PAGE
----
‘Ravenscroft’ at WLT
Posted: November 1, 2012
The Winchester Star
Winchester — An unusual death has occurred in a remote English manor, and Inspector Ruffing of Scotland Yard is determined to find out if it was murder or an accident.
But his investigation will be anything but easy as the five female residents of the house seek to dissemble and cloud the truth every step of the way.
The meandering journey to finding out what happened will be chronicled in Winchester Little Theatre’s upcoming performance of “Ravenscroft” by Don Nigro, director Barbara Swink said.
For Swink, who has directed about 40 plays at the theater, the dark comedy held immediate attraction because of the setting, the characters and the sheer fun of it.
“When I read it, I grabbed it and said, ‘This is my play,’” said Swink of Winchester.
The play opens this weekend at the theater at 315 W. Boscawen St. The play runs from Friday to Sunday and Nov. 8 to 11 and 15 to 17.
Set in a snowbound English manor in 1905, the action presents a series of increasingly baffling interrogations by Inspector Ruffing, played by Steve Nichols of Winchester. Ruffing has come to the home of Mrs. Ravenscroft to investigate the death of a footman, who plunged headlong down the stairs and broke his neck, Swink said.
“He finds in the process that Mrs. Ravenscroft’s husband also fell down the steps and died at a previous time,” Swink said.
Mrs. Ravenscroft is a strong woman who is used to getting her own way, said Debbie Miles of Winchester, who plays the character. The way she runs her household, she delegates, but rarely can she have a whole conversation without someone interrupting to find out how she wants something done.
Some people might call Mrs. Ravenscroft controlling, said Miles, who is marking her third production with the theater.
“I like to stay on top of things, but it just depends on whom you ask,” Miles said with a smile.
Another major player is Mrs. Ravenscroft’s daughter, Gillian, who is played by Zoe Thomas, 15, of Winchester. Her parents are Amy and Griff Thomas.
Gillian is a complex girl, at once cunning and slightly unhinged, mature and immature, Zoe said. She loves winding people up and, though people will sympathize with the lonely girl, “if they had to live with her, that would be difficult.”
“She doesn’t react like other people would,” said Zoe, who is also acting for the third time at WLT. “She is just a little off in what she says and does.”
The other characters in the play are Ellen Nichols as the cook Mrs. French; Meagan Haynes as Dolly the maid, and Amy Thomas as Gillian’s governess, Marcy Kleiner.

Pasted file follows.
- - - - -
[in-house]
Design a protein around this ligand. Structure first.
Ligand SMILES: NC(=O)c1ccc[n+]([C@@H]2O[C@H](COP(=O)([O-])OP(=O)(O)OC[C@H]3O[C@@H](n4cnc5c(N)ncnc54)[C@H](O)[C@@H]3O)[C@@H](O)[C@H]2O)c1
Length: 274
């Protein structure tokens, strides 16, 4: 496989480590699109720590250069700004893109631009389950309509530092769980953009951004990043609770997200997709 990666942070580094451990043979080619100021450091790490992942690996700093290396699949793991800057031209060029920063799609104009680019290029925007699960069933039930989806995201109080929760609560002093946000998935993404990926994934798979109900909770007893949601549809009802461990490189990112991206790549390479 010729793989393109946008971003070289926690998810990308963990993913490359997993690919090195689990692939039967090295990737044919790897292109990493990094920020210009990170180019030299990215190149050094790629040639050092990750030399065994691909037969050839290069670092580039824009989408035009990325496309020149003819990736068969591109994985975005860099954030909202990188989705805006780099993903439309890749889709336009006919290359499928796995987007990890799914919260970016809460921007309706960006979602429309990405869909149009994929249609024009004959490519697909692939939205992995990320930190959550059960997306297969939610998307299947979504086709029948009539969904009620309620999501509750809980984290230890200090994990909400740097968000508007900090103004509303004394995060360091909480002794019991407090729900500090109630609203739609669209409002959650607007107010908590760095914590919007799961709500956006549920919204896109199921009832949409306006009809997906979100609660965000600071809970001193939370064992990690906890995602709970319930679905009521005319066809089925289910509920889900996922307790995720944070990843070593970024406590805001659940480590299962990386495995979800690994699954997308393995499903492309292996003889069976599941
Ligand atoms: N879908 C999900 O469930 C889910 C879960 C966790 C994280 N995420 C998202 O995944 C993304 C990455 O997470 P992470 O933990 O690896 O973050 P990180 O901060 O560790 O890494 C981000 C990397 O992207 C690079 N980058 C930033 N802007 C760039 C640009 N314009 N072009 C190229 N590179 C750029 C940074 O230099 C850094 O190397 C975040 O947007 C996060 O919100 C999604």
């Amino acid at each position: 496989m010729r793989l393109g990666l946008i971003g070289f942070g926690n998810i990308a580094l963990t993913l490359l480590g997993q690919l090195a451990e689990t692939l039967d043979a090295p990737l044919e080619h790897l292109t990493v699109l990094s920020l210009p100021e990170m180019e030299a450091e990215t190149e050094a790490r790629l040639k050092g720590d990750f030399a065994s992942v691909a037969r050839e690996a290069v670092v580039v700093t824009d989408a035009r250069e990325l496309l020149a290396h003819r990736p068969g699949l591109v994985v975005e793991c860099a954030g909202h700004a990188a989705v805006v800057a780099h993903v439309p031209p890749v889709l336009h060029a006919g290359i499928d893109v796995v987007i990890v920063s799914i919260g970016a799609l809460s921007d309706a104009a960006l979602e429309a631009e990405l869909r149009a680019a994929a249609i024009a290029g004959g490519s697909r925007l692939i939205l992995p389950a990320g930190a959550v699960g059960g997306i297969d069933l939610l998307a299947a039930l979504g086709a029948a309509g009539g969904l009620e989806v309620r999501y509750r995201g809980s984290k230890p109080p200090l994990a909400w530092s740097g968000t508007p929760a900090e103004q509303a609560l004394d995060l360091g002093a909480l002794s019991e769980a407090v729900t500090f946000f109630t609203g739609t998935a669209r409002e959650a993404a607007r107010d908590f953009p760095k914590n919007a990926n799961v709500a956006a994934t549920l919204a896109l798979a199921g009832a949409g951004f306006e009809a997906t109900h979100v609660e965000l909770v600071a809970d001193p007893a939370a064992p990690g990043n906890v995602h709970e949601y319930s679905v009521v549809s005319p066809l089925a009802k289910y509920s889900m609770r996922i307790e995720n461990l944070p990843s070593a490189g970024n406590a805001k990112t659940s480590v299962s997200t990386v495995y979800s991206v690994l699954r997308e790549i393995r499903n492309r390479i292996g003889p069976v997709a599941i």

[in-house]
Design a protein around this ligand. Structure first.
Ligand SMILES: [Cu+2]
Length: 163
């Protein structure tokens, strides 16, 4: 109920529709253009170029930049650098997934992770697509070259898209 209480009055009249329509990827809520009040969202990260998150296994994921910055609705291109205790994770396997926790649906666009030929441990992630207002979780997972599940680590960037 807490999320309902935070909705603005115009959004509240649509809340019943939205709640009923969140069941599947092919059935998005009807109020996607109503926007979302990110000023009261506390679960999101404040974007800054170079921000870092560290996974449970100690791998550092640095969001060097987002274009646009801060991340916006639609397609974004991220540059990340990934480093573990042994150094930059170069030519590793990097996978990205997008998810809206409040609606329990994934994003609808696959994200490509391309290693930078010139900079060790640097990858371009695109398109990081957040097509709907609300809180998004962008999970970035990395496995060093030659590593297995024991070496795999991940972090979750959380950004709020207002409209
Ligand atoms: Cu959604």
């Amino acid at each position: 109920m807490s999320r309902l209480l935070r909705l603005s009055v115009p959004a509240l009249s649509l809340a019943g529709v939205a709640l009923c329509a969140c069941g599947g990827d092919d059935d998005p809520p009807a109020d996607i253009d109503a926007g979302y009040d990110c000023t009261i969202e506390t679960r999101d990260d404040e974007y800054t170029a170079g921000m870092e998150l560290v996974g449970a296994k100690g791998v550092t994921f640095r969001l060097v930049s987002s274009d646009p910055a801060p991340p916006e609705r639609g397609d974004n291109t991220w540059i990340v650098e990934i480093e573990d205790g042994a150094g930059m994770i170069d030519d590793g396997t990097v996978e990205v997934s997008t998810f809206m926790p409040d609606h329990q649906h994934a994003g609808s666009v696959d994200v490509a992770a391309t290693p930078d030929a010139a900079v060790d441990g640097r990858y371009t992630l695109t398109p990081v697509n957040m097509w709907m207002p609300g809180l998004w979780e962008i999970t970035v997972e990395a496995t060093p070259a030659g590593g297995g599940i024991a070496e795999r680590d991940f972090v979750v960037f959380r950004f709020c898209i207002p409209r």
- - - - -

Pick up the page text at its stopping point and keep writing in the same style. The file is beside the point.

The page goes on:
All of the women have different personalities and approaches to handling the inspector, and none of them are above lying to him, Swink said. He in turn is intent on finding the truth because he recognizes how entangled he is in lies.
Though the play is set in 1905 and the costumes and decor match that time, the storyline is an unusual fusion of accessible and modern subject matters and period drama, Swink said.
“There are a lot of layers to it that I think the audience will enjoy,” Swink said.
The play has a great deal of unexpected fun, Miles said. Often, people think of a period piece and they expect it to be “stuffy and pretentious.” People who come to “Ravenscroft” expecting that are in for a surprise, she said.
One surprise will be in how the play is staged with most of the characters onstage most of the time, Swink said. Downstage is the parlor where Ruffing conducts his interrogations. Upstage are other vignettes where the characters go and are considered out of the action.
Swink designed the set, choosing darker Eastlake style furniture with a few early Victorian pieces.
The lighting is an important part of the atmosphere, Swink said. The light that shines on the parlor is running at 25 percent. The only light that illuminates the upstage areas is the light that spills over.
“I didn’t want anything up there that would reflect and catch your attention when it is supposed to be downstage,” Swink said.
Usually that attention is supposed to be focused on Ruffing, who is always onstage, and whatever female character he is talking to at the moment.
The costumes, which were designed by Marian Cerwensky, also are period. The adult women’s costumes have full skirts, mostly flat in the front, with gathered pleats and a small train.
Winchester Little Theatre’s production of “Ravenscroft” begins with performances this Friday to Sunday and continues from Nov. 8 to 11 and 15 to 17. Contact 540-662-3331 or email@example.com.
— Contact Laura McFarland at firstname.lastname@example.org